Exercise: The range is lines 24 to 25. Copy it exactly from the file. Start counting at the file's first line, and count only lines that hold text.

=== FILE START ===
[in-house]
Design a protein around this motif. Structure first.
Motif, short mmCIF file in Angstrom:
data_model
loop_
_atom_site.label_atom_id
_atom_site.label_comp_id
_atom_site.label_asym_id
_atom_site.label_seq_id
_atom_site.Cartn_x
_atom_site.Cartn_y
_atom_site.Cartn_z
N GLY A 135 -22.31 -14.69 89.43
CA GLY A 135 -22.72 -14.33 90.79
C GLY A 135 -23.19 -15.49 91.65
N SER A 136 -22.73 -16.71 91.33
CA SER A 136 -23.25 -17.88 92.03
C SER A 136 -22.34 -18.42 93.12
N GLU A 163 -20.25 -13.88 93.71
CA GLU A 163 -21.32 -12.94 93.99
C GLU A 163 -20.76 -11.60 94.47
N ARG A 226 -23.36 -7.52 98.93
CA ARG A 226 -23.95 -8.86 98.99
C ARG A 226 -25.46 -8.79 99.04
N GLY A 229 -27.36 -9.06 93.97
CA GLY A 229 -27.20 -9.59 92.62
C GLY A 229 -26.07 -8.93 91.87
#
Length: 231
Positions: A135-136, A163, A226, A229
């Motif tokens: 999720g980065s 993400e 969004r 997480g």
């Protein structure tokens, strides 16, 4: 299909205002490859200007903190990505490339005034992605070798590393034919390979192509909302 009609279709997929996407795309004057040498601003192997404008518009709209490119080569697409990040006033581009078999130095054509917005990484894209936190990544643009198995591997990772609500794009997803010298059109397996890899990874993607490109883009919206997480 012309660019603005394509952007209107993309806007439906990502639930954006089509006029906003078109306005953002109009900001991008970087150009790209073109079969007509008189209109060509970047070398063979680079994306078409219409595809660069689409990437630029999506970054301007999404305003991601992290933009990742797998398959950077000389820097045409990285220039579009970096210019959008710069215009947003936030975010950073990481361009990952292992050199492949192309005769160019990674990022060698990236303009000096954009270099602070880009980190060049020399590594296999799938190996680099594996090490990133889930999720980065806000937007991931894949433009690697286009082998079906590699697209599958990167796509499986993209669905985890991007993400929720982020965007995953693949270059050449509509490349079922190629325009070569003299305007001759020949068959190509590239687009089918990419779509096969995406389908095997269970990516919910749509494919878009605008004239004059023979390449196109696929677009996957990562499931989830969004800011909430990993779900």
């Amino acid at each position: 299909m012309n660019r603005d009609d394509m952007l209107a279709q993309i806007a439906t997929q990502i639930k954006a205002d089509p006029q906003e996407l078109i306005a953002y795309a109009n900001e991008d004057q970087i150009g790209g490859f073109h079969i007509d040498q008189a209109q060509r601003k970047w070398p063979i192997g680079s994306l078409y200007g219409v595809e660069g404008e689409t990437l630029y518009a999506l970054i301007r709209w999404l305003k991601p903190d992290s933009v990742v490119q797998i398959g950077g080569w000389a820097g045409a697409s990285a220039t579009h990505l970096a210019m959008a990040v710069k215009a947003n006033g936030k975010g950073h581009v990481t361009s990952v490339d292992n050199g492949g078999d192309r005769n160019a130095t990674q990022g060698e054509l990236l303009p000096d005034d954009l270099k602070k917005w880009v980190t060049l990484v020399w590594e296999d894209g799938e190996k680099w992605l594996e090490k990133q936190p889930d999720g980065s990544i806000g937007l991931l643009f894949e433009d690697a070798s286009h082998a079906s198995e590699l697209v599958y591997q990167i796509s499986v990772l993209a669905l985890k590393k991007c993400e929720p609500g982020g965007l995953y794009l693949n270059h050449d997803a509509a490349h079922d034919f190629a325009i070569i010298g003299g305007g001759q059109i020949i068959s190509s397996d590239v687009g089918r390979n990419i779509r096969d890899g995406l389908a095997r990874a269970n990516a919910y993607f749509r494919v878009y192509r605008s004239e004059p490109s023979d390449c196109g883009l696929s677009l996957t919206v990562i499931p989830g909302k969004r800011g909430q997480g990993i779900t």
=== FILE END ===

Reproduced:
C ARG A 226 -25.46 -8.79 99.04
N GLY A 229 -27.36 -9.06 93.97